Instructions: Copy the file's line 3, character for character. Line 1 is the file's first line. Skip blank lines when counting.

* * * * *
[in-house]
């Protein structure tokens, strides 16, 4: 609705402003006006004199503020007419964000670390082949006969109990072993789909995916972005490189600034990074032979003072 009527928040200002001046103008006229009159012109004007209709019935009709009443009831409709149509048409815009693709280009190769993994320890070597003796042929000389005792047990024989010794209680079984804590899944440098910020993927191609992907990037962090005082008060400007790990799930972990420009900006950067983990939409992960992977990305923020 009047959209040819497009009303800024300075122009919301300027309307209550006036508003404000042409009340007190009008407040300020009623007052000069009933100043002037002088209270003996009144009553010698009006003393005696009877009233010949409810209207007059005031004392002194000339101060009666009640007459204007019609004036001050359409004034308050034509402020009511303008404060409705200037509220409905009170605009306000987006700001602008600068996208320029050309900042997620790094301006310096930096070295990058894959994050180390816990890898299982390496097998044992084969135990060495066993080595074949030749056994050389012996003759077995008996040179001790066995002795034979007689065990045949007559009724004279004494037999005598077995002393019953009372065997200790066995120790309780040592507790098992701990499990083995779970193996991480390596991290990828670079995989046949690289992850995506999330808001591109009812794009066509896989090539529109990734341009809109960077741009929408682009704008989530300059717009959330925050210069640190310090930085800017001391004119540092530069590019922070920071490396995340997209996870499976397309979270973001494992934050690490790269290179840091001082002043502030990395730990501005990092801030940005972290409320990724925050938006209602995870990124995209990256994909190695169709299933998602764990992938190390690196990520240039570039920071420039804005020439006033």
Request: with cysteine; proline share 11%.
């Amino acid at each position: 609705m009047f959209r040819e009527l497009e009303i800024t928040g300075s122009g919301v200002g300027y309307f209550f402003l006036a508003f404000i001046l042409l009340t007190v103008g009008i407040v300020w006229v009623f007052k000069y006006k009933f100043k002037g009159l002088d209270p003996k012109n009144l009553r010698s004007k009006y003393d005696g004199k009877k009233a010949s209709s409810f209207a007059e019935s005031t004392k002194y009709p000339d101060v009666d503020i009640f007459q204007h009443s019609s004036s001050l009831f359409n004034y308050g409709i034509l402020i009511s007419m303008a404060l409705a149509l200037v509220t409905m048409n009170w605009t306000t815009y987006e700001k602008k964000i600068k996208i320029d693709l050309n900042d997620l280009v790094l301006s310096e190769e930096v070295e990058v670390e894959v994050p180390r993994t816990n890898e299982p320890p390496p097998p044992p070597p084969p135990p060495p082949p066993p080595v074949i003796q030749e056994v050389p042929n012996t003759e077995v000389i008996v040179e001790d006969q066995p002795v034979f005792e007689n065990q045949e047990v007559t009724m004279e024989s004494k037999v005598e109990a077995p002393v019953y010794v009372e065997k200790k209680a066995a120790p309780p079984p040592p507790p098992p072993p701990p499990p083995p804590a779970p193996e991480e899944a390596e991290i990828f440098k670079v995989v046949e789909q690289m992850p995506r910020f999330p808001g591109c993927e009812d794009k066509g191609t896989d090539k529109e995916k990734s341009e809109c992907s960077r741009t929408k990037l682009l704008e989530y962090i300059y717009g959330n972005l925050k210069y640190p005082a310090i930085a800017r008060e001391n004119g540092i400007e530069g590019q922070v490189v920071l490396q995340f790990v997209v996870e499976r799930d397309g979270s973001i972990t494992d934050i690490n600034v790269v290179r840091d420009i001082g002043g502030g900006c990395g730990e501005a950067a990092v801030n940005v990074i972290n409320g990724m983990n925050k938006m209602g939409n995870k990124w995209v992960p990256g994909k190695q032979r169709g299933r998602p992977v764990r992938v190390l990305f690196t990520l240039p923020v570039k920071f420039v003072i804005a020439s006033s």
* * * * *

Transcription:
Request: with cysteine; proline share 11%.